If an organisation is not to fire blind, one key focus of knowledge architecture is about growing the number, diversity and richness of perspectives engaged in identifying and understanding how to deal with change.

Consideration of knowledge architecture is therefore fundamental to thinking about what is to be done, how and by whom.

It is the starting point for all future work, organisational configuration, work and workplace design.

It is central to considering the ways in which change is to be addressed, and to answering how that need is to be accommodated through its workplace.

If workplace strategy will define how organisations come together to continue to deliver value to their shareholders, knowledge architecture is its cornerstone.

While “KA” may not yet be well known or widely recognised as a discipline, the concept of knowledge architecture may only be in its infancy, but it is not going away.

In a digitising age, a differentiating factor between successful talent engagement and retention is found in workplace culture and its capacity for creating places in which people want to work.

This means knowledge architecture must embrace both the organised pursuit of workplace learning and growth, and the development of an engaging workplace that can realise it.

It does not begin with design, but by making sense of the shared knowledge and insights of the minds the workplace must accommodate.

It is the beginning of a long journey.

How a business conceives of and articulates what it is going to become is key to the thinking of a knowledge age.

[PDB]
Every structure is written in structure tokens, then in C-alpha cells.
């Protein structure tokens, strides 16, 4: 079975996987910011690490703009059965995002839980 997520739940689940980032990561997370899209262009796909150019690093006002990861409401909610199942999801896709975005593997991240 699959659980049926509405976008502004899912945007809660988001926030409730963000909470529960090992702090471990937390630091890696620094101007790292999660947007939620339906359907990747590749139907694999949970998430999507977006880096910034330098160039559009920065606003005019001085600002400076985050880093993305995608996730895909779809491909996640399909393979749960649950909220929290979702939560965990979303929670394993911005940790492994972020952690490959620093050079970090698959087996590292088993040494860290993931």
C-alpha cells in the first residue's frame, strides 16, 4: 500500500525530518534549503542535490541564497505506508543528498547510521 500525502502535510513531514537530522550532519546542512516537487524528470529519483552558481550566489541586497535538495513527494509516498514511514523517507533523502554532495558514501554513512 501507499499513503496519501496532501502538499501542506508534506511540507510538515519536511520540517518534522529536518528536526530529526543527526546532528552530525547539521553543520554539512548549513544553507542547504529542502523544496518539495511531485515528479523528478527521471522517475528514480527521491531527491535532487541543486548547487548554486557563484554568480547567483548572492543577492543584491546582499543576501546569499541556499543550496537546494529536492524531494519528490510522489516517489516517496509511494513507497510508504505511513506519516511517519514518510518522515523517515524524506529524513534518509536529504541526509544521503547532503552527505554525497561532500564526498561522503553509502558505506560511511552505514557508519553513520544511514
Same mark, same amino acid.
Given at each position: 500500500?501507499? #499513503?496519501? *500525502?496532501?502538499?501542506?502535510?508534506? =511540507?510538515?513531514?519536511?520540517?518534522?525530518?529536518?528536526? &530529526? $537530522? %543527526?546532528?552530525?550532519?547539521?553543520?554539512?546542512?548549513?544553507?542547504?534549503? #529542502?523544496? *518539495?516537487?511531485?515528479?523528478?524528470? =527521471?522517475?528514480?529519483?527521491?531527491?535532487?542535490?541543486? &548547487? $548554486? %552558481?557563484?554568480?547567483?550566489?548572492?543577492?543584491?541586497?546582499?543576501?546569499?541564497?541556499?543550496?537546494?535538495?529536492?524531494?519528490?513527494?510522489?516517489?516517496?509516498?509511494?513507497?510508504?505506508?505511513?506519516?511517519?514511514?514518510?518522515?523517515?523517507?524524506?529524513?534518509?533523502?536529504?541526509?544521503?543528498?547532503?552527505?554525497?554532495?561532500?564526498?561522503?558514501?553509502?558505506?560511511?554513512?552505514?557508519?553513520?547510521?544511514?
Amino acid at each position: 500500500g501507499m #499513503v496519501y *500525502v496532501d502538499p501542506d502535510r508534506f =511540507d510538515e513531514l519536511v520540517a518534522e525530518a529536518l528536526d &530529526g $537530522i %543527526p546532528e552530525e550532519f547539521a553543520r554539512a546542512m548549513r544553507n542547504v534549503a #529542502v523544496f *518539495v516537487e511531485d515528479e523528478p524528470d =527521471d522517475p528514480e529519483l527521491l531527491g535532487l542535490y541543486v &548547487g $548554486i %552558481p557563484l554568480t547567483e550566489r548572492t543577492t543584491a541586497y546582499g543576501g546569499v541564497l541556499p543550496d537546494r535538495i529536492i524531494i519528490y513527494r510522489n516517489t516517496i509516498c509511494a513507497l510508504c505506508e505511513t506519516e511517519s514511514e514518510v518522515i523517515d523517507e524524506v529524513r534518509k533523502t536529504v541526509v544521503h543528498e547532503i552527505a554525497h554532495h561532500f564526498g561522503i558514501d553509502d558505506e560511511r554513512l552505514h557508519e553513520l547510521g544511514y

Yet, while most people still prefer to come together to work with others, the idea of workplace necessarily being a fixed entity is beginning to disappear.

No sensible discussion of the nature of the workplace or its optimal deployment can be undertaken without thinking about the growth of organisational knowledge finding its way into decisions of workplace design briefing or strategy.

Current structures for agile or activity based working may be a start in the right direction, but are still only a manifestation of present-day managerial workplace fashion.

But beyond the status quo, consideration of knowledge architecture will become central to giving any organisation the capacity to become smarter and more adaptable to the accelerating future challenges it faces.

Our proprietary workplace briefing method’s starting point is that every business contains more knowledge than it ever puts to use, and that every company can learn by thinking of its workplace as an opportunity to get smarter.

Recognition of the importance of knowledge architecture marks a significant step forward in thinking about workplace strategy because it fits the client’s knowledge-age business premises more effectively to the knowledge-creating potential it contains.

Workplace strategy

Workplace strategy is where building design, modern technology and new ways of working come together to deliver the future of work. Shiro Architects’ research focuses on understanding how to create a better workplace-design briefing for the future occupants of commercial space.

Graham Lauren

Written by

Shiro Architects director and business writer, writing, reading and researching workplace strategy, learning organisations and knowledge architecture.

Workplace strategy

Workplace strategy is where building design, modern technology and new ways of working come together to deliver the future of work. Shiro Architects’ research focuses on understanding how to create a better workplace-design briefing for the future occupants of commercial space.